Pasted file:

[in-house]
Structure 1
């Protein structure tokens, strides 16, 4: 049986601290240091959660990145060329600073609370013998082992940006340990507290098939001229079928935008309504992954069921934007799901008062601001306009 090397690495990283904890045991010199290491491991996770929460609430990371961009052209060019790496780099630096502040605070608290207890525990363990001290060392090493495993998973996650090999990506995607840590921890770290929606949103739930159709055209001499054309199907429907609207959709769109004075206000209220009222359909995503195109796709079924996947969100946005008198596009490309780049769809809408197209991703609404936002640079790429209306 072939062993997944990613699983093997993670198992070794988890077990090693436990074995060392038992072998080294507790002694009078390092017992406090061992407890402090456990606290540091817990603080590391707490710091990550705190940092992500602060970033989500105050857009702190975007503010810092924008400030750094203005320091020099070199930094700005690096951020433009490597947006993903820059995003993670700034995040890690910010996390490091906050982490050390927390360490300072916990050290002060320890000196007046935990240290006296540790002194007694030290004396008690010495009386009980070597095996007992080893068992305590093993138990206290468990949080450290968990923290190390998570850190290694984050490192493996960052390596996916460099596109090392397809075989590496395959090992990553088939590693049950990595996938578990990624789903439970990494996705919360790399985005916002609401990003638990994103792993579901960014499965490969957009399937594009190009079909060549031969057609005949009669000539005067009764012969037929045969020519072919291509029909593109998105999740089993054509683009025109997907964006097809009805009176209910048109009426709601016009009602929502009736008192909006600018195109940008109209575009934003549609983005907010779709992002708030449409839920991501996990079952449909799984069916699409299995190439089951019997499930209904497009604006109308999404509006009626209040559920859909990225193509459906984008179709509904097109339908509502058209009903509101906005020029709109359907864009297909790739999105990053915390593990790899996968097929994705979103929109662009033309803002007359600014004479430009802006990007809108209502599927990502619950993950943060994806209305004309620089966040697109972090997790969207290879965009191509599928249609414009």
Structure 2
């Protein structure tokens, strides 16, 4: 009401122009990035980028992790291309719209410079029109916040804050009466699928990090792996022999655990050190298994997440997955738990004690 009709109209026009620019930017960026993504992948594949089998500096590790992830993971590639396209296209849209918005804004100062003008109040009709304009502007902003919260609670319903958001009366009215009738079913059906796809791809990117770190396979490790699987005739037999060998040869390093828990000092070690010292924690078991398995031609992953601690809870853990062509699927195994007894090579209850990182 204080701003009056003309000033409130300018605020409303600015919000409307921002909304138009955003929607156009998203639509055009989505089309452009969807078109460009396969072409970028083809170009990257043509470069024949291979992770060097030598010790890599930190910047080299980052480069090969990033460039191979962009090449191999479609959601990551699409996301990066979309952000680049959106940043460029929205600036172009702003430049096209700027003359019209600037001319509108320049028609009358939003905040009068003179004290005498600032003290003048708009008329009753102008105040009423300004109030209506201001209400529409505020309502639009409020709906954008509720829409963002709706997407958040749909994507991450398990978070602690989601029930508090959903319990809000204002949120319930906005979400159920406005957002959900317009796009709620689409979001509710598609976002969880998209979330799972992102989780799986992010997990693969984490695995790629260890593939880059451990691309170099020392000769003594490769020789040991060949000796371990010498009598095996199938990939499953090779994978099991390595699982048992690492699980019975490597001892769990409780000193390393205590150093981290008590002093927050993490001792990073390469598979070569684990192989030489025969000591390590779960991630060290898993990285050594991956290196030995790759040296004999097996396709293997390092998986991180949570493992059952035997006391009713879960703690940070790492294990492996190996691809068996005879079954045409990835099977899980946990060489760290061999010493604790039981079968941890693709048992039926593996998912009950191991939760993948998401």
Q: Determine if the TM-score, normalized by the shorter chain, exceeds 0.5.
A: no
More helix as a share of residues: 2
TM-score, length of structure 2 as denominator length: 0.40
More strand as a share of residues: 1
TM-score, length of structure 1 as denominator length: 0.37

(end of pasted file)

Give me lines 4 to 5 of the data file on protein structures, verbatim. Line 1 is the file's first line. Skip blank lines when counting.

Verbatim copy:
Structure 2
């Protein structure tokens, strides 16, 4: 009401122009990035980028992790291309719209410079029109916040804050009466699928990090792996022999655990050190298994997440997955738990004690 009709109209026009620019930017960026993504992948594949089998500096590790992830993971590639396209296209849209918005804004100062003008109040009709304009502007902003919260609670319903958001009366009215009738079913059906796809791809990117770190396979490790699987005739037999060998040869390093828990000092070690010292924690078991398995031609992953601690809870853990062509699927195994007894090579209850990182 204080701003009056003309000033409130300018605020409303600015919000409307921002909304138009955003929607156009998203639509055009989505089309452009969807078109460009396969072409970028083809170009990257043509470069024949291979992770060097030598010790890599930190910047080299980052480069090969990033460039191979962009090449191999479609959601990551699409996301990066979309952000680049959106940043460029929205600036172009702003430049096209700027003359019209600037001319509108320049028609009358939003905040009068003179004290005498600032003290003048708009008329009753102008105040009423300004109030209506201001209400529409505020309502639009409020709906954008509720829409963002709706997407958040749909994507991450398990978070602690989601029930508090959903319990809000204002949120319930906005979400159920406005957002959900317009796009709620689409979001509710598609976002969880998209979330799972992102989780799986992010997990693969984490695995790629260890593939880059451990691309170099020392000769003594490769020789040991060949000796371990010498009598095996199938990939499953090779994978099991390595699982048992690492699980019975490597001892769990409780000193390393205590150093981290008590002093927050993490001792990073390469598979070569684990192989030489025969000591390590779960991630060290898993990285050594991956290196030995790759040296004999097996396709293997390092998986991180949570493992059952035997006391009713879960703690940070790492294990492996190996691809068996005879079954045409990835099977899980946990060489760290061999010493604790039981079968941890693709048992039926593996998912009950191991939760993948998401």